Shared Storage Pools (SSP3) and Disaster Recovery in 30 seconds
nagger 100000MRSJ Comments (2) Visits (12025)
Shared Storage Pools - just got even more interesting !
SSP Clusters with disks pools and super fast disk allocation
VIOS Shared Storage Pools (phase 3) allows 16 VIOS on different machines to operate as a VIOS cluster with a set of SAN LUNs in the pool - think in terms of a number of TBs of disk space in the pool. The VIOS systems administrator can then allocate disk space to a new or existing Virtual Machine (LPAR) in around a second which can be thin or thick provisioning regardless of the underlying disks. This drastically reduces the time to implement a new Virtual Machine. If we operate dual VIO Servers (normal) this still gives us a 8 machine cluster and we can with MPIO, use the dual VIO Servers for redundancy.
LPM ready by default
Assuming we use virtual networks too (which is normal these days) then we are 100% ready for Live Partition Mobility (LPM) as our Shared Storage Pool based Virtual Machine disks are available across the SSP3 cluster with no mucking about with LUNs and SAN Zones as the disks are already online on every VIOS. This does assume the same VLANs are available on the target VIOS but that is fairly normal too.
But what about disaster recovery with SSP3?
For example, one of the machines of the SSP3 cluster fails - like a sudden power down. Do we have the technology to rebuild the Virtual Machine.
We need to know a few things
Items 1, 2 and 3 are pretty easy to work out ... if you are regularly saving your configs off the machine or if the HMC is still running which might not be the case for a complete site failure.
I have been experimenting with two really cool tools that I think every Power Systems Administrator should have
IMHO: If you have not got these marvelous freely downloadable tools then you need to ensure you have other tools that can match the functionally and automated documentation generation.
The Shared Storage Pool disks (or LU as they are called) are not normally saved by the above tools as they are not stored on the HMC but are on the VIOS and the boot disk on the boot records of the service processor (FSP).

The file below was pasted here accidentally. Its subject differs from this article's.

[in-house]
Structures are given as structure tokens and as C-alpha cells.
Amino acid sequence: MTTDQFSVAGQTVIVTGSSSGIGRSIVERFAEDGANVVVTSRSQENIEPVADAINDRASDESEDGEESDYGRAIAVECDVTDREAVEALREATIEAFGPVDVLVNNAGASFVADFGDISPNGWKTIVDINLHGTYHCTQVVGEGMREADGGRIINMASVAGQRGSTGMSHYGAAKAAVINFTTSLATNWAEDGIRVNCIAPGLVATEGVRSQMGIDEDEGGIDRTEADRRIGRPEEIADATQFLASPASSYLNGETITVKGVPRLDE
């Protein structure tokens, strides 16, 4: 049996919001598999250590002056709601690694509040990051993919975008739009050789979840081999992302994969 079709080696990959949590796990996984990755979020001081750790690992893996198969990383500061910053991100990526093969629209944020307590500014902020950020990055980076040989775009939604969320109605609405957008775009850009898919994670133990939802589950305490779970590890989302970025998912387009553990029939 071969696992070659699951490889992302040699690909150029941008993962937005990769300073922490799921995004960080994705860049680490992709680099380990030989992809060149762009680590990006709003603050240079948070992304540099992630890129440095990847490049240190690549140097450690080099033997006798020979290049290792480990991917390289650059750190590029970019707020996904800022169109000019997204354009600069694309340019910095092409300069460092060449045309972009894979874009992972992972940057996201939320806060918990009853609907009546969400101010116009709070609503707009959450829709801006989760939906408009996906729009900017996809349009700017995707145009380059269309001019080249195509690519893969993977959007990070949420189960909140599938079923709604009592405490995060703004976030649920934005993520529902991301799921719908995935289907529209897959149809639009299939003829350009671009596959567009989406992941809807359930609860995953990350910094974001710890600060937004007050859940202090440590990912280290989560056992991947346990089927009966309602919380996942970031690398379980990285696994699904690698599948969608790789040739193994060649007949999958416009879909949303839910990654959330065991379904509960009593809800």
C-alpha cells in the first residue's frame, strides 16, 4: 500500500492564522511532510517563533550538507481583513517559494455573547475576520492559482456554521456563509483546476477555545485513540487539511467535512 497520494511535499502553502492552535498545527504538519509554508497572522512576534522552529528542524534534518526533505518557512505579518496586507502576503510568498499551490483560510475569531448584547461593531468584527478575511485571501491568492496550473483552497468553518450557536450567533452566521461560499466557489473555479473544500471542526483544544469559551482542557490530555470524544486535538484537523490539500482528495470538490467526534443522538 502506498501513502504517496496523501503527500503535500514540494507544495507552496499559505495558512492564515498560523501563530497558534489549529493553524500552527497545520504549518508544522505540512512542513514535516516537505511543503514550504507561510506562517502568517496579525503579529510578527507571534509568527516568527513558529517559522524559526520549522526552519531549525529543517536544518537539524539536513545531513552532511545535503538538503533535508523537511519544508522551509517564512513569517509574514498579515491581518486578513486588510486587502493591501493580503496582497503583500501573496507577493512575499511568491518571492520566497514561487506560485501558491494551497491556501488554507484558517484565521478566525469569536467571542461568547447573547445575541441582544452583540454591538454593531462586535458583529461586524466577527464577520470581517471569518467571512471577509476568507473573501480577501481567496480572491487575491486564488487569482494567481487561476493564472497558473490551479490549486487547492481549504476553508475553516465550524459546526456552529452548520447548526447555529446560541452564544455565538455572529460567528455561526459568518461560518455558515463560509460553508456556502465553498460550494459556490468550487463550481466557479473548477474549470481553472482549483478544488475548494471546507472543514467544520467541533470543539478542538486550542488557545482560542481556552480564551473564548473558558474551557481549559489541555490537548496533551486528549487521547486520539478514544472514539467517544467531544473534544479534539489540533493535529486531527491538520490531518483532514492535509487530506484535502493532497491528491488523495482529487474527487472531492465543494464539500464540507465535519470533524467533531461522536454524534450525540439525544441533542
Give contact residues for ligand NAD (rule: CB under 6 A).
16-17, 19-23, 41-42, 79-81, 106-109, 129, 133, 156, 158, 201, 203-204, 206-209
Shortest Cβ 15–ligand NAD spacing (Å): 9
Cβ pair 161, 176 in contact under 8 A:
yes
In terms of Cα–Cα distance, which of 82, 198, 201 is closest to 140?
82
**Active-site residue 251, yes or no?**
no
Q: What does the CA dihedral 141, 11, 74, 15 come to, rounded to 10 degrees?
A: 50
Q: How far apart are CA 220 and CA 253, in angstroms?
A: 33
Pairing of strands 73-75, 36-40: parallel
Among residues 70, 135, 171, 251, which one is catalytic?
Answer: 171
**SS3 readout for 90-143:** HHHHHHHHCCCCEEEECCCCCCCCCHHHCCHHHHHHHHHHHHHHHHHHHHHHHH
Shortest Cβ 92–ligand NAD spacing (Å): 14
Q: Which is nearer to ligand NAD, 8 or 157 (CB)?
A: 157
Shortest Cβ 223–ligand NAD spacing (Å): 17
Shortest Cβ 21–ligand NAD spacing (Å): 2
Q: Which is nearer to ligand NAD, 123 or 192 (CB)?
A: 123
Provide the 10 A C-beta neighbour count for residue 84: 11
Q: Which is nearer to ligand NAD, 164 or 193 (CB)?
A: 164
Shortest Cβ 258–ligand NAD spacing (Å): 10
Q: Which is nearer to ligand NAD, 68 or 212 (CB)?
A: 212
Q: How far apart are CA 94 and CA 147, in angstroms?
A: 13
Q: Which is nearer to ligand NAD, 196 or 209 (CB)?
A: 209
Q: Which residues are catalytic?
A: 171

But wait items 4 is known about by the surviving VIO Servers of the same SSP3 cluster
Go to a possible target VIOS to resurrect the failed Virtual Machine and run the lssp command. Here is an example from my SSP3 VIOS:
$ lssp -clustername galaxy -sp atlantic -bd
My failed Machine is called gold and the Virtual Machine I badly need to recover is called gold6.
The names of the LUs is completely determined by the user - I use a simple vdis
In light of these experiments, I think my naming convention could be improved (i.e. it sucks):
So obviously the SSP LU's I need to recover are vdisk_gold6a and vdisk_gold6b. As the second disk (b) it used 0% it is clear which is the boot disk.
So what do I need to do to recover my gold6 Virtual Machine?
Here are the steps:
This should take about five minutes!!
Not bad for recovering an important service. Of course, once AIX starts it will have to replay any JFS2 logs (usually in seconds) and then you need to start the application or RDBMS and it may need to recover incomplete transactions, so the service may take a little longer to be fully ready.
If that is not fast enough for you then you can have a recovery Virtual Machine setup in advance on a target machine. In which case, you run steps 1 to 3 in advance.
Then you just have to start the Virtual Machine (LPAR) which takes about 30 to 60 seconds.
One word of warning, don't have the original AND the recovery Virtual Machines (LPARs) running at the same time.
I think that would corrupt the file systems within a couple of seconds.
I did check this concept/idea with the SSP developers they said "Of course Nigel, that will work fine."